an almost impossible amount of time with the current procedure. “Nature is not fair. Infants and children often suffer the same problems as adults and if we can bring this new procedure to the operating room, it will be amazing,” said Ince. Ince’s team plans to develop an online neural signal processing system for the rapid and accurate identification of SOZ with brief invasive recording. He is joined on the work by Baylor College of Medicine neurologists Michael Quach and Jay Gavvala and neurosurgeons Dan Curry and Sameer Sheth; and University of Minnesota neurologists Zhiyi Sha and Tom Henry.
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Houston Medical Times
Mayor’s Challenge to Prevent Veteran Suicide
he Houston VA is working closely with the City of Houston and other local agencies to increase suicide awareness and prevention support for Veterans, servicemembers and their families. This effort is part of a nationwide Mayor’s Challenge where we join City of Houston Mayor Sylvester Turner and local active military and Veterans organizations to end Veteran suicide. Houston was one of the original seven cities to participate in the challenge organized by the Department of Veterans Affairs and the Department of Health and Human Services Substance Abuse and Mental Health Services Administration (SAMHSA). During a recent press conference, Mayor Turner discussed the challenge. “Partnerships between our local community, government, and non-profit agencies will allow us to reach Houston area Veterans where they live, work, and thrive,” said Mayor Turner. “We want to expand the conversation around suicide and reduce stigma for mental health and suicide.” Using a public health approach,
the Houston Mayor’s Challenge team has developed multiple new and innovative strategies to prevent suicide in service members, Veterans, and their families. • The Harris Center and the Houston VA now have a hand-off system between the two agencies to assist with the care of veterans. • A network of communication between local hospitals and the VA to assist with veteran care is being built. • The Houston Police Department and Houston Fire Department are better able to identify suicidal behavior and will begin referring people to ensure follow up care is offered. • The Houston Health Department is working with hospitals and the Houston VA to enhance care coordination for veterans who are discharged after suicide attempts. “An estimated 300,000 Veterans live in the Houston-area. We all have a role to play in preventing suicide, especially when it comes to those who have served our country with duty, honor, and courage,” Mayor Turner
said. “I’m proud of my Veterans Affairs Office for accepting the Mayor’s Challenge and joining with vital on-the-ground local agencies to address the epidemic of Veteran suicide.” “Preventing Veteran suicide is the highest clinical priority at the VA and we are committed to bringing as many resources as possible to bear to solve this issue here in Houston,” said Frank Vazquez, Houston VA medical center director. • The Houston VA opened a brand-new building for outpatient mental health earlier this year. • We offer a robust marriage and family therapy program and have hired eight licensed marriage and family therapist to assist Veterans and their families. • We have hired more than 100 new front-line mental health providers, including psychologist, social workers, psychiatrists, and more over the last year. • Houston VA has embedded mental health professionals in our primary clinics to reach Veterans where they are, and we are embedding more and more in our specialty clinics like cardiology and women’s health. • We have vigorously trained our staff of over 5,400 on how to recognize and assist Veterans in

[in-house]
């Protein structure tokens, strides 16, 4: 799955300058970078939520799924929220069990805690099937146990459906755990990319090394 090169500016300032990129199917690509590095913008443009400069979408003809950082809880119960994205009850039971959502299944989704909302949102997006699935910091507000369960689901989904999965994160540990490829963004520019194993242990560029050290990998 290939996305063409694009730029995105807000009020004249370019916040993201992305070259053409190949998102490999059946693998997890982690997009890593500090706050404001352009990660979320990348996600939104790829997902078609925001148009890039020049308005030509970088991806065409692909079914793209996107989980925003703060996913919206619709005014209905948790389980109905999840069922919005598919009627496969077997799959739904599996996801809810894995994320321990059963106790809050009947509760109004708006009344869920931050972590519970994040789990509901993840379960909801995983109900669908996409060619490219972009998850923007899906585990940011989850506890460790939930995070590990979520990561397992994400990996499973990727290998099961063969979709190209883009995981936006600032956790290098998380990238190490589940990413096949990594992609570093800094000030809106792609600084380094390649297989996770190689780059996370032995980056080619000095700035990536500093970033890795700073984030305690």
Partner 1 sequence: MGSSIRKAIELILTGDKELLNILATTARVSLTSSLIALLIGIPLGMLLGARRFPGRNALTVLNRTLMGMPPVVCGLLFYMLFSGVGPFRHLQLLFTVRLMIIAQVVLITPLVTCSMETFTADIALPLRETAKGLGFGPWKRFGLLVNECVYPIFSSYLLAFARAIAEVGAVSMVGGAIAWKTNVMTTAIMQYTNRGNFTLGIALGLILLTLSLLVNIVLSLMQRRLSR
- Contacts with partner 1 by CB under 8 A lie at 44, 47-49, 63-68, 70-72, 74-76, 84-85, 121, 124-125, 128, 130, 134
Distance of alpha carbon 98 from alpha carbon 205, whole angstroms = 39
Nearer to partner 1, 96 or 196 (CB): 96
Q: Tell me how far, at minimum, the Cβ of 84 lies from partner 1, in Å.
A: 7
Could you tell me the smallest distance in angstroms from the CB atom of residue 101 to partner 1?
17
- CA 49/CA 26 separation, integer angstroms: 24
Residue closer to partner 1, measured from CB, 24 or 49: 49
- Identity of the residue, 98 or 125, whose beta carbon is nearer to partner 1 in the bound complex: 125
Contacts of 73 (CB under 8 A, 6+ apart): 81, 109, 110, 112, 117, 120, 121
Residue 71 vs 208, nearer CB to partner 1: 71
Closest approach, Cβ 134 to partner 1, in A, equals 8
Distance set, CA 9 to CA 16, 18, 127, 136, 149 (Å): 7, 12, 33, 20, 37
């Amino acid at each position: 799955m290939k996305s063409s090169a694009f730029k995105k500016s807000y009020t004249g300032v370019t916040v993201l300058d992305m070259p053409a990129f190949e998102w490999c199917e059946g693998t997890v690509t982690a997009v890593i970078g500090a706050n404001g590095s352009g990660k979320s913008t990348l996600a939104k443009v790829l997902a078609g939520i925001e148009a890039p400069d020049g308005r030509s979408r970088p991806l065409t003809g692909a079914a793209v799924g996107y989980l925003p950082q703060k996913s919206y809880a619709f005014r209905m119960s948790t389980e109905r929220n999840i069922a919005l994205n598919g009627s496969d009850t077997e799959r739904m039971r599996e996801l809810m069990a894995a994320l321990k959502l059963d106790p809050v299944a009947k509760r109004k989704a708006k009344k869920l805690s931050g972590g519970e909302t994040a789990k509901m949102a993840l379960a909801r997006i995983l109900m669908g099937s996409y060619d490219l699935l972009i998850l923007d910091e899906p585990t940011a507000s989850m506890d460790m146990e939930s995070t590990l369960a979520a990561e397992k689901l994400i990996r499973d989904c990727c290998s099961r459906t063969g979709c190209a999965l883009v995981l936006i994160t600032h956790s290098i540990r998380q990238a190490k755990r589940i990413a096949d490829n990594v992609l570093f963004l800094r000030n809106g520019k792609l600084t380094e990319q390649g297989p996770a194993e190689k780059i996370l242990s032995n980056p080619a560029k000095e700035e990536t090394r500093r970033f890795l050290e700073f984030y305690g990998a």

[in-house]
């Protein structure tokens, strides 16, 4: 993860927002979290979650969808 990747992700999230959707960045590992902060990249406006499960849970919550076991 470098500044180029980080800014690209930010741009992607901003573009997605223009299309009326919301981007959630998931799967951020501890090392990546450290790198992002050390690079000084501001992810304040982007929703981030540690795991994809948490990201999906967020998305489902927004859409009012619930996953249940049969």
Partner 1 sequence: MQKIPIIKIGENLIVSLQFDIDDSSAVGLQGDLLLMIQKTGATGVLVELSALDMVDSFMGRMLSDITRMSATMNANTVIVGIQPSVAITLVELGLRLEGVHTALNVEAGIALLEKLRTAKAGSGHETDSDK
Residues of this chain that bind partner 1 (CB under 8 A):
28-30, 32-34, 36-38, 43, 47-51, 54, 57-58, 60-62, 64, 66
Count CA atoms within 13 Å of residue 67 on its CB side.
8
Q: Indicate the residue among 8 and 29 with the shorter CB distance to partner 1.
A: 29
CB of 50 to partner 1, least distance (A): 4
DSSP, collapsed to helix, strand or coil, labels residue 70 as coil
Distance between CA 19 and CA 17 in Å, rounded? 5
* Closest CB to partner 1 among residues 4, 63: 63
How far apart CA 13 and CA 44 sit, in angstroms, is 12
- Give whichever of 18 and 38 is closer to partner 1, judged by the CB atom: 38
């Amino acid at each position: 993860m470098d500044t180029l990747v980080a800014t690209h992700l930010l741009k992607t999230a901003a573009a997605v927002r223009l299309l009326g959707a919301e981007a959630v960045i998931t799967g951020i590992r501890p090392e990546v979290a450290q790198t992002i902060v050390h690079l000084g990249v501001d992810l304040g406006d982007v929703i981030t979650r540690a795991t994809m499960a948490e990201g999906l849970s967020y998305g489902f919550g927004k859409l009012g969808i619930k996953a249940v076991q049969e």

crisis across our VA. • We have six full time suicide prevention coordinators who work tirelessly to follow up on calls from the Veterans Crisis Line and assist Veterans in crisis. • We offer same day mental health care for veterans in crisis at our main medical center and any of our nine community based outpatient clinics “Suicide is a complex issue with no one single cause. It is a national public health issue that affects people from all walks of life, not just Veterans. But just as there is no single cause of suicide, no single organization can end Veteran suicide alone,” Vazquez said. “The Houston VA is proud to be a part of the Houston Mayor’s Challenge, working with the amazing people here today and all members of our Houston community to put an end to Veteran suicide.”
Houston Medical Times
Memorial Hermann Announces Alexander Greengold as SVP, Chief Consumer Experience Officer
and addressing them with innovative solutions. We want to take the already great patient and consumer experience we provide and make it even better, and we are confident Alex will help us do that.” Greengold most recently served as VP of customer experience, support and strategy for the Dish Network Corporation. In his role at Dish Network, Greengold focused see Greengold...page 14